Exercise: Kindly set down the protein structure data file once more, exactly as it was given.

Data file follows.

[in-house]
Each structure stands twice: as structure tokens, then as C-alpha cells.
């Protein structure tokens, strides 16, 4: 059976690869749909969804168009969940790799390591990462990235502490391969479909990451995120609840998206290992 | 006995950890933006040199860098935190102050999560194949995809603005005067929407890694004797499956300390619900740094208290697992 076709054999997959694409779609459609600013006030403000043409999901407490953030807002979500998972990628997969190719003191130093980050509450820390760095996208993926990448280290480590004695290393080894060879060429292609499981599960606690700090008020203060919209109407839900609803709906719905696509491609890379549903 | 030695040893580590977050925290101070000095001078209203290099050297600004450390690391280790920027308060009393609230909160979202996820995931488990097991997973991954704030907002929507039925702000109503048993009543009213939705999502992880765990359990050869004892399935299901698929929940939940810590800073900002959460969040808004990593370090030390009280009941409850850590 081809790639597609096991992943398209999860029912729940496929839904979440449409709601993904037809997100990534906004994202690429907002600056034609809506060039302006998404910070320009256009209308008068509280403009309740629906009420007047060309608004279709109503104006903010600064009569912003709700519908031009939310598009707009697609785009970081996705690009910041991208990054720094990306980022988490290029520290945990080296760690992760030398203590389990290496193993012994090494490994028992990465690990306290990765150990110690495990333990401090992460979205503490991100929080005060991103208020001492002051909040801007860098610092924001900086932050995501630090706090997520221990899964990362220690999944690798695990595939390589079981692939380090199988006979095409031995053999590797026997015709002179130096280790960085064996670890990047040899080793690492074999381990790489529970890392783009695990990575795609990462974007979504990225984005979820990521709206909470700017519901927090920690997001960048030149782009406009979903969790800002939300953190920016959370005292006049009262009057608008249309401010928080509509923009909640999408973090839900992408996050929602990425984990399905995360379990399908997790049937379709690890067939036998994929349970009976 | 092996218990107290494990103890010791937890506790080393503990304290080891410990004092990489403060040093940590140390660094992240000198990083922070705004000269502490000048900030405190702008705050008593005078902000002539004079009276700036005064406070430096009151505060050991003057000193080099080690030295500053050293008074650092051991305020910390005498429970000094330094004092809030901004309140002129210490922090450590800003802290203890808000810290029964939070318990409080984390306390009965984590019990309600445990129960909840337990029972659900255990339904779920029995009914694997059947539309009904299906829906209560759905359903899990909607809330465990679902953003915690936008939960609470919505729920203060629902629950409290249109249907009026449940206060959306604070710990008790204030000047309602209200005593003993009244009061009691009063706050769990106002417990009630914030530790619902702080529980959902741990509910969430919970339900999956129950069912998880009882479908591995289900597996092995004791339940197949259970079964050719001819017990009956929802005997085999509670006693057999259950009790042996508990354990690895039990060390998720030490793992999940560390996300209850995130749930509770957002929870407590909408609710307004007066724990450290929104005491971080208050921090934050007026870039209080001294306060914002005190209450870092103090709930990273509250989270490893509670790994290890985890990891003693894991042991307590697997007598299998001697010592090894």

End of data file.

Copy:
[in-house]
Each structure stands twice: as structure tokens, then as C-alpha cells.
């Protein structure tokens, strides 16, 4: 059976690869749909969804168009969940790799390591990462990235502490391969479909990451995120609840998206290992 | 006995950890933006040199860098935190102050999560194949995809603005005067929407890694004797499956300390619900740094208290697992 076709054999997959694409779609459609600013006030403000043409999901407490953030807002979500998972990628997969190719003191130093980050509450820390760095996208993926990448280290480590004695290393080894060879060429292609499981599960606690700090008020203060919209109407839900609803709906719905696509491609890379549903 | 030695040893580590977050925290101070000095001078209203290099050297600004450390690391280790920027308060009393609230909160979202996820995931488990097991997973991954704030907002929507039925702000109503048993009543009213939705999502992880765990359990050869004892399935299901698929929940939940810590800073900002959460969040808004990593370090030390009280009941409850850590 081809790639597609096991992943398209999860029912729940496929839904979440449409709601993904037809997100990534906004994202690429907002600056034609809506060039302006998404910070320009256009209308008068509280403009309740629906009420007047060309608004279709109503104006903010600064009569912003709700519908031009939310598009707009697609785009970081996705690009910041991208990054720094990306980022988490290029520290945990080296760690992760030398203590389990290496193993012994090494490994028992990465690990306290990765150990110690495990333990401090992460979205503490991100929080005060991103208020001492002051909040801007860098610092924001900086932050995501630090706090997520221990899964990362220690999944690798695990595939390589079981692939380090199988006979095409031995053999590797026997015709002179130096280790960085064996670890990047040899080793690492074999381990790489529970890392783009695990990575795609990462974007979504990225984005979820990521709206909470700017519901927090920690997001960048030149782009406009979903969790800002939300953190920016959370005292006049009262009057608008249309401010928080509509923009909640999408973090839900992408996050929602990425984990399905995360379990399908997790049937379709690890067939036998994929349970009976 | 092996218990107290494990103890010791937890506790080393503990304290080891410990004092990489403060040093940590140390660094992240000198990083922070705004000269502490000048900030405190702008705050008593005078902000002539004079009276700036005064406070430096009151505060050991003057000193080099080690030295500053050293008074650092051991305020910390005498429970000094330094004092809030901004309140002129210490922090450590800003802290203890808000810290029964939070318990409080984390306390009965984590019990309600445990129960909840337990029972659900255990339904779920029995009914694997059947539309009904299906829906209560759905359903899990909607809330465990679902953003915690936008939960609470919505729920203060629902629950409290249109249907009026449940206060959306604070710990008790204030000047309602209200005593003993009244009061009691009063706050769990106002417990009630914030530790619902702080529980959902741990509910969430919970339900999956129950069912998880009882479908591995289900597996092995004791339940197949259970079964050719001819017990009956929802005997085999509670006693057999259950009790042996508990354990690895039990060390998720030490793992999940560390996300209850995130749930509770957002929870407590909408609710307004007066724990450290929104005491971080208050921090934050007026870039209080001294306060914002005190209450870092103090709930990273509250989270490893509670790994290890985890990891003693894991042991307590697997007598299998001697010592090894």